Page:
The conventional fix is to use more points. The middle diagram shows a point every 4° of longitude. This is obviously better. But if you look closely, you can still see artifacts on the vertical lines where the distortion is so severe that even 4° is not enough! And you can see many points along the horizontal lines where there is little distortion; these points do not improve quality, but slow down rendering. So uniform resampling is inefficient and doesn’t guarantee great results.

Our solution is on the right. We detect places of high curvature and introduce additional points just in those places. This gives beautiful results even in areas of high distortion, and performs well because we only add points where they are needed.

Now, I said this example was flawed. If I weren’t now explaining it, you could easily be scratching your head, wondering what you were looking at. Not every viewer will be sufficiently familiar with map projections to understand the problem or the proposed solution. So obviously the first step in any example is to know your audience and communicate in a way that is accessible to them.

So what are we looking at?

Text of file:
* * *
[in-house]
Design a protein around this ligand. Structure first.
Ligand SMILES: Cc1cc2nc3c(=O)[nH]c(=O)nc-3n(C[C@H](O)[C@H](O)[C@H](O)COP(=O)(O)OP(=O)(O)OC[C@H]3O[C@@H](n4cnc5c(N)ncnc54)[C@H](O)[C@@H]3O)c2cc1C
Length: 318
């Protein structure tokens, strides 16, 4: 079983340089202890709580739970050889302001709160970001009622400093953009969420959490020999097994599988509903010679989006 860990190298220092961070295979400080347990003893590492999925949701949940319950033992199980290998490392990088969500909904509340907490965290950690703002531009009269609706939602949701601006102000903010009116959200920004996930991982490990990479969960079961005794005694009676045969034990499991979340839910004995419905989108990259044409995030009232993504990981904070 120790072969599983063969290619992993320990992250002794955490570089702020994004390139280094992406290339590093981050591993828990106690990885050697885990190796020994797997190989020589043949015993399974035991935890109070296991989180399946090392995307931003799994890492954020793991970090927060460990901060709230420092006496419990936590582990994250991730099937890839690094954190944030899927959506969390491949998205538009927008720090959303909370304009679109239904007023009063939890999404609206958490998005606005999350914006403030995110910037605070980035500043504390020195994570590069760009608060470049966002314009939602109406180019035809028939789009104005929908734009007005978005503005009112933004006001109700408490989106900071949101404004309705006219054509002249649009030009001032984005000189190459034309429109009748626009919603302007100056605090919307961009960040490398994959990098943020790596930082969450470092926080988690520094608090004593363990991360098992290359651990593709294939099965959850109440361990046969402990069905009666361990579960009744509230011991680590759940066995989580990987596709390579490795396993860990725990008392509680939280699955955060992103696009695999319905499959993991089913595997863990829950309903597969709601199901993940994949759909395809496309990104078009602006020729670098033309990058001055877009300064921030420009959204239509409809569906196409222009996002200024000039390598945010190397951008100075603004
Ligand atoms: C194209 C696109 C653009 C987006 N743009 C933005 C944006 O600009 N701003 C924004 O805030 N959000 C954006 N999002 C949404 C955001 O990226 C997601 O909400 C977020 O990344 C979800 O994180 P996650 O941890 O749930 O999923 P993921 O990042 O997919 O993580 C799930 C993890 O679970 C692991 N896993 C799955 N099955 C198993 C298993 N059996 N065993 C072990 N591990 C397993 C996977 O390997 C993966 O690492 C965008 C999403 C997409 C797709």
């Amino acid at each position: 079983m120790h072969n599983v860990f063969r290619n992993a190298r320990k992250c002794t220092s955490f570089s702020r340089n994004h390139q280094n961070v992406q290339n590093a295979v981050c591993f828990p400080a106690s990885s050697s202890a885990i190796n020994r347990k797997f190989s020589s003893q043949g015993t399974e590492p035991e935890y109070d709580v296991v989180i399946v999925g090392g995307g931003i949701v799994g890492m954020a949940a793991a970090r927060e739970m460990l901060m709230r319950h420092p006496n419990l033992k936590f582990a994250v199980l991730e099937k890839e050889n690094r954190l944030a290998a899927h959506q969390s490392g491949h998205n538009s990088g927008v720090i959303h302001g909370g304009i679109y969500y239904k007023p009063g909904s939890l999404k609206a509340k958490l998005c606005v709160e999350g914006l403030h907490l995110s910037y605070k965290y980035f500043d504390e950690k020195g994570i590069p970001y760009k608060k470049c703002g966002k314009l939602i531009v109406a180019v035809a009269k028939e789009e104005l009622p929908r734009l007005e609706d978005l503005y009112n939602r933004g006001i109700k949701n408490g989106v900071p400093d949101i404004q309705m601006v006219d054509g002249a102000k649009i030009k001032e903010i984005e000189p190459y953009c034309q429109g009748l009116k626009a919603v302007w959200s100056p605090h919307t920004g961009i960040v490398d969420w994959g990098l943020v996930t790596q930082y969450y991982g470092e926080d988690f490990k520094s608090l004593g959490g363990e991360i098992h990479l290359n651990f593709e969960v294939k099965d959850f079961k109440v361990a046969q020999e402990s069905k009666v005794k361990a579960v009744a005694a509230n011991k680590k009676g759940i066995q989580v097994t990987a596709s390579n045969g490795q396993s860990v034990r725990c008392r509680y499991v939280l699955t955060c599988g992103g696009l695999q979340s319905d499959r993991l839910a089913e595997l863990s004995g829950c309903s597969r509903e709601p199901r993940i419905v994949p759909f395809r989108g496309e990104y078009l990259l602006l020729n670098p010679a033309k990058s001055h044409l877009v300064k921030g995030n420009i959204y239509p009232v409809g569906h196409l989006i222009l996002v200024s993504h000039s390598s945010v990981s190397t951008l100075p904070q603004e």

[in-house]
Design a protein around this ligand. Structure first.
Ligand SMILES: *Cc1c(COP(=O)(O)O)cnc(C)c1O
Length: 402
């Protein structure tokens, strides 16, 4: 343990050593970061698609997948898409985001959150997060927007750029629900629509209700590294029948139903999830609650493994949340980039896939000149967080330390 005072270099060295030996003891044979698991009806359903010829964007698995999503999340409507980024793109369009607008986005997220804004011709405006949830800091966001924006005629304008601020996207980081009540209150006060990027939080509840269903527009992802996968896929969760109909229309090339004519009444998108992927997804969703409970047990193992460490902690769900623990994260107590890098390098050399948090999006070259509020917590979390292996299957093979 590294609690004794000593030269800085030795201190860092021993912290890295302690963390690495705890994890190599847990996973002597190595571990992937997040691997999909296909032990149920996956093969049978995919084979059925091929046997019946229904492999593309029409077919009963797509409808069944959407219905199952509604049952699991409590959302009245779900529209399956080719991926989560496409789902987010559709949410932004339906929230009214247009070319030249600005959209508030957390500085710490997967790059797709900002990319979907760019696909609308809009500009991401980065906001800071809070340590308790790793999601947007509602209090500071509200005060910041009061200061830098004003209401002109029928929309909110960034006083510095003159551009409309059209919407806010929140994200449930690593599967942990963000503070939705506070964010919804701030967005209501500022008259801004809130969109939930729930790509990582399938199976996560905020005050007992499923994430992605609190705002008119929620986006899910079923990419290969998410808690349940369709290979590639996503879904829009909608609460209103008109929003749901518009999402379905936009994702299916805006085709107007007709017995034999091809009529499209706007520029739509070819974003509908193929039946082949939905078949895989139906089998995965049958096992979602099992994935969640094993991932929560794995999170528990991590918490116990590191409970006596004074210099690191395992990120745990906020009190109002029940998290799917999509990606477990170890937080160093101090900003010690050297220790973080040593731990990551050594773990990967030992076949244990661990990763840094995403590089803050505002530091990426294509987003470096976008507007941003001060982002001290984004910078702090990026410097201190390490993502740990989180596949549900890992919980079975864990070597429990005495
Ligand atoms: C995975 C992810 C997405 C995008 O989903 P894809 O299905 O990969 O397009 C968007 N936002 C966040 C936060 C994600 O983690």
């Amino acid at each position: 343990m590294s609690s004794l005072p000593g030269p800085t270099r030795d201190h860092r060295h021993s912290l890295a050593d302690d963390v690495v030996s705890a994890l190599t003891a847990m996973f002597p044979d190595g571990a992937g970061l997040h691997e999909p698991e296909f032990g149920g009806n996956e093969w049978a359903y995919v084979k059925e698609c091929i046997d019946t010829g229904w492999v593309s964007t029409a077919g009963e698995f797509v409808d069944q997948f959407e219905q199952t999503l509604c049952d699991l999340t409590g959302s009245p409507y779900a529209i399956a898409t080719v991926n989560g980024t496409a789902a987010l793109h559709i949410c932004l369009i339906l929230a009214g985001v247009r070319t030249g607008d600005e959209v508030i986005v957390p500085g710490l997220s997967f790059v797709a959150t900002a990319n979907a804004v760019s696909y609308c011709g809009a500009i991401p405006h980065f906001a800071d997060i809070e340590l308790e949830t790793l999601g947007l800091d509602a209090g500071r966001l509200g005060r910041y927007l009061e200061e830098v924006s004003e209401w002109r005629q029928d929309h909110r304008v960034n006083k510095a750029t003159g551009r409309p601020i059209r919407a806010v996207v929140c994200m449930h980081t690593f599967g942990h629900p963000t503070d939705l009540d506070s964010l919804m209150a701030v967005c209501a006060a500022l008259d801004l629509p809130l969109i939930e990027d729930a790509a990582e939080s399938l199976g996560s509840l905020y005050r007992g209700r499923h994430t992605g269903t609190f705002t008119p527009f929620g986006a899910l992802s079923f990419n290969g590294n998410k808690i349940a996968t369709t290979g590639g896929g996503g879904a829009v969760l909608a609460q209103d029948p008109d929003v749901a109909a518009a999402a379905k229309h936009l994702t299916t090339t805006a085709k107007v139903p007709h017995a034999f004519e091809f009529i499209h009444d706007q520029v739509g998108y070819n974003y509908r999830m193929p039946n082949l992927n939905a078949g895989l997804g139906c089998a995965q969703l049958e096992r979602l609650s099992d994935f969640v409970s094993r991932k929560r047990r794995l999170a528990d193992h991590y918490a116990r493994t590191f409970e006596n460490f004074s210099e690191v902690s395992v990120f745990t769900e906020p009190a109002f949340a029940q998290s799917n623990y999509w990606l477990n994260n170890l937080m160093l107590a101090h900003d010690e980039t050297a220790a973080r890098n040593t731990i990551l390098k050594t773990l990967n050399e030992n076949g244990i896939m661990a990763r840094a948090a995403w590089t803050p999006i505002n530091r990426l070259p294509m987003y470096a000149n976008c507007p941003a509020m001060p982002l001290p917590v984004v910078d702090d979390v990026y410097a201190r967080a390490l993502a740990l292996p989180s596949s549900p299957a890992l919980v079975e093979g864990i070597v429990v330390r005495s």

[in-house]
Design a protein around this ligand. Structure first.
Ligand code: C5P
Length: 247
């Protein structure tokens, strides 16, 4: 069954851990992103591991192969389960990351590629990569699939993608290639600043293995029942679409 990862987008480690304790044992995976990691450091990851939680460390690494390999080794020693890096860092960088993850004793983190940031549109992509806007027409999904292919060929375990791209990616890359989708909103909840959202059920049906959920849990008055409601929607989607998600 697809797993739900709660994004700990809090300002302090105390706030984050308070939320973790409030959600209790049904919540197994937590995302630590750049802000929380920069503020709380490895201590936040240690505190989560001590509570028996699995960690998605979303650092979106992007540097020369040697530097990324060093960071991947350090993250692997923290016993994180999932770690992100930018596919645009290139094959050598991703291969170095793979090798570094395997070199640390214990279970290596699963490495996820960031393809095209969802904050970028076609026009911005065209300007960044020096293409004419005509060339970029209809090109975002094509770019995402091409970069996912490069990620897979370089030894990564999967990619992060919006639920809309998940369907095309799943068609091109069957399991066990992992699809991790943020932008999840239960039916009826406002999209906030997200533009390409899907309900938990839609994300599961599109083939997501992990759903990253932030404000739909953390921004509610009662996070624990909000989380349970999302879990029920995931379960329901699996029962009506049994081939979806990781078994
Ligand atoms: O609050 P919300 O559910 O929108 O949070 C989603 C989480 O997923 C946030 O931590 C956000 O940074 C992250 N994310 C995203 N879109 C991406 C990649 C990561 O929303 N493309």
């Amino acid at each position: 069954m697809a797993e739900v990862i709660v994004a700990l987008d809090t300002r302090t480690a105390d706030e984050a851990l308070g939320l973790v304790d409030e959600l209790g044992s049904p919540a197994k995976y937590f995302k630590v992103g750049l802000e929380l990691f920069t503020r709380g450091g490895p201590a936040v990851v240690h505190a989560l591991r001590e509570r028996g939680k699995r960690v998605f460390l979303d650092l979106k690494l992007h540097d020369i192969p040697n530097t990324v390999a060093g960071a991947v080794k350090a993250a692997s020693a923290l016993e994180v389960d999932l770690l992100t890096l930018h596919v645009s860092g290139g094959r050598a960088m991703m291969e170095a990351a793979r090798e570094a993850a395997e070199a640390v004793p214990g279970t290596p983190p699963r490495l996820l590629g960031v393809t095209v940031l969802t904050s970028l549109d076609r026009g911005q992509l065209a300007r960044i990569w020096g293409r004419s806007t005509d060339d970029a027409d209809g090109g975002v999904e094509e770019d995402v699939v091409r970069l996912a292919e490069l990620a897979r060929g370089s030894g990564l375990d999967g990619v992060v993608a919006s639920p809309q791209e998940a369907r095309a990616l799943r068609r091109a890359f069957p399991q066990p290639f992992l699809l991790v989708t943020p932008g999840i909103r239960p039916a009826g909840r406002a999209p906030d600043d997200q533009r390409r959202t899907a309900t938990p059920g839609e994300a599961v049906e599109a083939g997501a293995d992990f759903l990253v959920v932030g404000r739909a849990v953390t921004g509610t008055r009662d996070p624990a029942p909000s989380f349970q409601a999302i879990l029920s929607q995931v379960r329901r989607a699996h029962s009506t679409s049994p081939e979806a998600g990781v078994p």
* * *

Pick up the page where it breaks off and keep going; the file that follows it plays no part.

The gray lines of constant latitude and longitude, called parallels and meridians, form a spherical grid called a graticule. The red parallel bisecting this spherical grid at 0° latitude is the equator.

Then we took the sphere and flattened it down to the plane with our map projection. Specifically, the equirectangular or plate carrée projection, which is the simplest type of projection there is. Longitude runs along the x-axis and latitude along the y-axis.

In the normal aspect of the equirectangular projection—that is, without any rotation—the equator is a straight line. But now we rotate the sphere counterclockwise by almost 90° along one axis, while rotating the display clockwise by 90° so that the poles remain vertically aligned. This type of rotation is called the transverse aspect.

The transverse aspect of the equirectangular projection has another special name: the Cassini projection. There’s not much use for this projection today, as it has been largely replaced by the transverse Mercator for low-distortion maps of narrow regions. I used the Cassini projection in this example only because it bends the equator and is easy to fit thrice side-by-side.